JUnit Logging


NbJUnit - unique workdir, logging and golden files guide

Author: Jiri Skrivanek
Last update: April 30, 2006

Unique workdir

For some reasons it is useful to access a unique working directory in NbJUnit test. Tests inheriting from org.netbeans.junit.NbTestCase are able to use the following methods:

 File getWorkDir() throws IOException
 public void clearWorkDir() throws IOException;

Method getWorkDir() returns a file object, which points to the test method's unique working directory. If the directory cannot be created, the method throws an IOException.

The unique working directory will be created in the following pattern:

  • ${nbjunit.workdir} - the root of all work directories (e.g. /tmp/mytestworkdir)
  • ${classpackage} - package path (e.g. org.netbeans.test)
  • ${classname} - name of the class without the package specification (TestClass1)
  • ${testmethodname} - the name of the testing method (testMethod1)

Method clearWorkDir() clears the working directory (all files including subdirectories). In the case of any problems, it throws an IOException.

If the test writer would like to use this feature, he/she may wish to define the nbjunit.workdir. It has to be defined in the ${user.home}/junit.properties file, in the nbjunit.workdir property (e.g. nbjunit.workdir=/tmp/mytestworkdir). See NbJUnit recognized properties for details.

Here is a simple usage example:

   public void testMethod1() throws java.io.IOException {
       // get path to my unique workdir; when it is not created, create it
       File workDir = getWorkDir();
       // do something in my workdir
       (new File(workDir,"testfile.xx")).createNewFile();
       (new File(workDir,"testfile.xy")).createNewFile();
       // well, clear all the files in the workdir
       // do something else in the workdir
       (new File(workDir,"testfile2.xx")).createNewFile();
       (new File(workDir,"testfile2.xy")).createNewFile();

Logging facility

It is useful to have the ability to store log messages into a file. Using a unique working directory gives us a place where every test case can store such information. Users can use these methods:

   public void log(String message)
   public void log(String filename, String message)
   public PrintStream getLog()
   public PrintStream getLog(String filename) 

When no filename is supplied, the log file is created in the working directory and named ${testmethodname}.log. The log file is created for the first time when one of the above mentioned methods is called within a test method. The second time, it reuses the previously created file.

A test method then could look like this:

   public void testMethod1()  {
       log("message to log file ${workdir}/testMethod1.log");
       log("mySpecialLog.log", "message to log file mySpecialLog.log");
       // here write body of the test
       log("finished successfully.");

Golden files

Comparing two files to decide whether a test passed or failed is a common testing technique. One file, known as the golden file, contains expected output. During the test execution, output is collected to a second file. At the end, these two files are compared and if they differ the test is declared as failed, otherwise as passed. It is also possible to store the output from comparing (e.g. from diff command) to another file. It can help the test developer to investigate the cause of a failure. Methods supporting this facility are:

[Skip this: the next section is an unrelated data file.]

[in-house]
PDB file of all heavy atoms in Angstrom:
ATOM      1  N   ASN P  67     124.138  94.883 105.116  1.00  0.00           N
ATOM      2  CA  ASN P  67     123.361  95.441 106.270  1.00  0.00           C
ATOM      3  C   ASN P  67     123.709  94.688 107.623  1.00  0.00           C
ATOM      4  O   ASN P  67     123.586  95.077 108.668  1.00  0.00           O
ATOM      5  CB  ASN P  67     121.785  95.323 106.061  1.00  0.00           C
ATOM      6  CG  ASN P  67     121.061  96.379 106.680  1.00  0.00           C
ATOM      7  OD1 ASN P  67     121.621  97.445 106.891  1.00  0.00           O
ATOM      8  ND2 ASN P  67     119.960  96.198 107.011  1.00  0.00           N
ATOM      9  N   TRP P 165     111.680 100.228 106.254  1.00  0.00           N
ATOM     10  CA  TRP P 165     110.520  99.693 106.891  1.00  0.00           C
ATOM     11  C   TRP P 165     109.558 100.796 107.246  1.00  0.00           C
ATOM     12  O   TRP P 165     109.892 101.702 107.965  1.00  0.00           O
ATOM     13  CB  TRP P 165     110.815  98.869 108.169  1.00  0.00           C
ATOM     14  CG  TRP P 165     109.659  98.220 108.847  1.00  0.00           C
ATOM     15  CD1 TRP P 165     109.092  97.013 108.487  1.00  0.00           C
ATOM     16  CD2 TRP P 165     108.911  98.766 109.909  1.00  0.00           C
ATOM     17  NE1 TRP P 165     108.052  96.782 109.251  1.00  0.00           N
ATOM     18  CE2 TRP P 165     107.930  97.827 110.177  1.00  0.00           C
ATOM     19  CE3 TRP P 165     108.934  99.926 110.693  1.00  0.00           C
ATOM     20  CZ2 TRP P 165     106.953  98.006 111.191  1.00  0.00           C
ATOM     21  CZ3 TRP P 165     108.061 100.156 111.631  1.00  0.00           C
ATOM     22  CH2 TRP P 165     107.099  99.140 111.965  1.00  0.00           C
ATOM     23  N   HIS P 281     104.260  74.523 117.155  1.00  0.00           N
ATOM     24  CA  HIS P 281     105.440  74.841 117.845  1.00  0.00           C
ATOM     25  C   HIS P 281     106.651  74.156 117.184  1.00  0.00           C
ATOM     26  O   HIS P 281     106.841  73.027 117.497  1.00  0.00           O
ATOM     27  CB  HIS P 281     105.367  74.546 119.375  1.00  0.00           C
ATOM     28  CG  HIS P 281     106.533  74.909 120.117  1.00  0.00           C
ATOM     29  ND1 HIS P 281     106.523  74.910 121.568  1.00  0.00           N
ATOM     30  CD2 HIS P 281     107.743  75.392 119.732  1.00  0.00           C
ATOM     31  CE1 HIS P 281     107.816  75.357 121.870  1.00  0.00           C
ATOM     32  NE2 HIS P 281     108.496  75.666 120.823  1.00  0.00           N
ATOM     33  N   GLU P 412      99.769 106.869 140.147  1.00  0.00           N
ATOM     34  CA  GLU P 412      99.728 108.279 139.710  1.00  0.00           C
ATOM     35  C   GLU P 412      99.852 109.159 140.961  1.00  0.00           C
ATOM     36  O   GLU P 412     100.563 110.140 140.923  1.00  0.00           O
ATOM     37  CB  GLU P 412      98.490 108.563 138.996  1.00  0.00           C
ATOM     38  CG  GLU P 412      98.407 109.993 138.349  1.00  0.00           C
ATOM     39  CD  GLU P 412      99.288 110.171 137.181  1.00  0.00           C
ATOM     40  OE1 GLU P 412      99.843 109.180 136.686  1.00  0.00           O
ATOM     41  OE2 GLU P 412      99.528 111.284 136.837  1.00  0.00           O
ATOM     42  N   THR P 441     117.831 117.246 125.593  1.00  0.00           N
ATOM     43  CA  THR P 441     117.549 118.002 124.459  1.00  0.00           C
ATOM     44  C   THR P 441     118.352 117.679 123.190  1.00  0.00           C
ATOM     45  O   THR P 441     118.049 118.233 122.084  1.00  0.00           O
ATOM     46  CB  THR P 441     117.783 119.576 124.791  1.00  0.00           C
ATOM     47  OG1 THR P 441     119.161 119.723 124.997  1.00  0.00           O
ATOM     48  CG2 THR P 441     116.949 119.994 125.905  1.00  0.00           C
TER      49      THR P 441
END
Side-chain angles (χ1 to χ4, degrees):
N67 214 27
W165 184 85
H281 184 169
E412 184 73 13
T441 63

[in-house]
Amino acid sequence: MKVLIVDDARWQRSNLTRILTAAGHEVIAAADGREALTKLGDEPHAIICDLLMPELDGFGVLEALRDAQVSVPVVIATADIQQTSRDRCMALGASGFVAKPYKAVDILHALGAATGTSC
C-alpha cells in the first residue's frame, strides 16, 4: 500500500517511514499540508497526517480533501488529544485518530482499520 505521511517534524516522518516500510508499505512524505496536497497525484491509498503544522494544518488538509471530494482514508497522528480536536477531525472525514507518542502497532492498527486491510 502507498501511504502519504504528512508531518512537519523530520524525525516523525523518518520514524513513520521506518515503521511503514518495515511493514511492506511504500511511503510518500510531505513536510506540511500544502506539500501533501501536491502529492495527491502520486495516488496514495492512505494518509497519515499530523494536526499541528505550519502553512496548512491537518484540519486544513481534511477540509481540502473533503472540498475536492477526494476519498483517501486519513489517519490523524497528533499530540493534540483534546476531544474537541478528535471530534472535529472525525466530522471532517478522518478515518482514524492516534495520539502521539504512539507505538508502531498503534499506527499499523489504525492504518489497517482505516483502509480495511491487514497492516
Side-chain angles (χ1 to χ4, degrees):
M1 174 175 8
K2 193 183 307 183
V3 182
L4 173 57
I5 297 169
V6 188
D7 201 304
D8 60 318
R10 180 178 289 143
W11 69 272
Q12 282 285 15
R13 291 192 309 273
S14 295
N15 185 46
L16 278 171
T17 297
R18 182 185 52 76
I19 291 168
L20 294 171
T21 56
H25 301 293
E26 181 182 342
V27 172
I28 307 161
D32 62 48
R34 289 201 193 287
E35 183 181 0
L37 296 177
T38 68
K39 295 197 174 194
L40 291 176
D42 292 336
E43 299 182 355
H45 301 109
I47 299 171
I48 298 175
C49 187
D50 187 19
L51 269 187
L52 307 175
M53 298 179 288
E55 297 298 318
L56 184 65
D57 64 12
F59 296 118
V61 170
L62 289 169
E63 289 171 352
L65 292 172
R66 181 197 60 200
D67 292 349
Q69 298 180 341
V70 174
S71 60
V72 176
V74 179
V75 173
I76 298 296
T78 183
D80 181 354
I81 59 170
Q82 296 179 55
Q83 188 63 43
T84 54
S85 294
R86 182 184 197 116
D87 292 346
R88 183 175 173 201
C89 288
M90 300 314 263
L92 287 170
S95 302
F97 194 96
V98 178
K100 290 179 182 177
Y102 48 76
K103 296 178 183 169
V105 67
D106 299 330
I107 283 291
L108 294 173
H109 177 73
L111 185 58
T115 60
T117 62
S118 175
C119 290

public void ref(String message)
   public PrintStream getRef()
   public File getGoldenFile()
   public File getGoldenFile(String filename)
   public void compareReferenceFiles()
   public void compareReferenceFiles(String testFilename, String goldenFilename, String diffFilename)

The first time ref() or getRef() methods are used in a test method, a new file is created in the unique working directory and named ${workdir}/${testmethodname}.ref. At the end of each test method this file should be compared with the golden file. The golden file has to be stored under the data folder corresponding to the following pattern:


Then you can use the compareReferenceFiles() method without parameters. Otherwise you need to supply the pathnames as parameters.
If you want to store the differences from comparing (if any), you need to set an external diff command because the built-in implementation doesn't produce any output. For example, add the following to the ${user.home}/junit.properties file (See NbJUnit recognized properties for details):

   nbjunit.diff.impl.CmdLine=/usr/bin/diff -bw %TESTFILE% %PASSFILE%

The output from the diff command will be stored in the ${workdir}/${testmethodname}.diff file.

Here is an example of a test method:

   public void testMethod1() {
       ref("Output to ref file called ${workdir}/testMethod1.ref");
       // here write body of the test
       boolean somethingWrong = false;
       if(somethingWrong) fail();
       ref("another output to compare to golden one");

As you see in the example, you can also use assertTrue() or fail() methods to indicate a failure. It is not recommended to put the compareReferenceFiles() method into tearDown() because the exception thrown by compareReferenceFiles() in tearDown() will appear in the result log and you will never know that there was another exception in your testXXX(), causing the files to be different.

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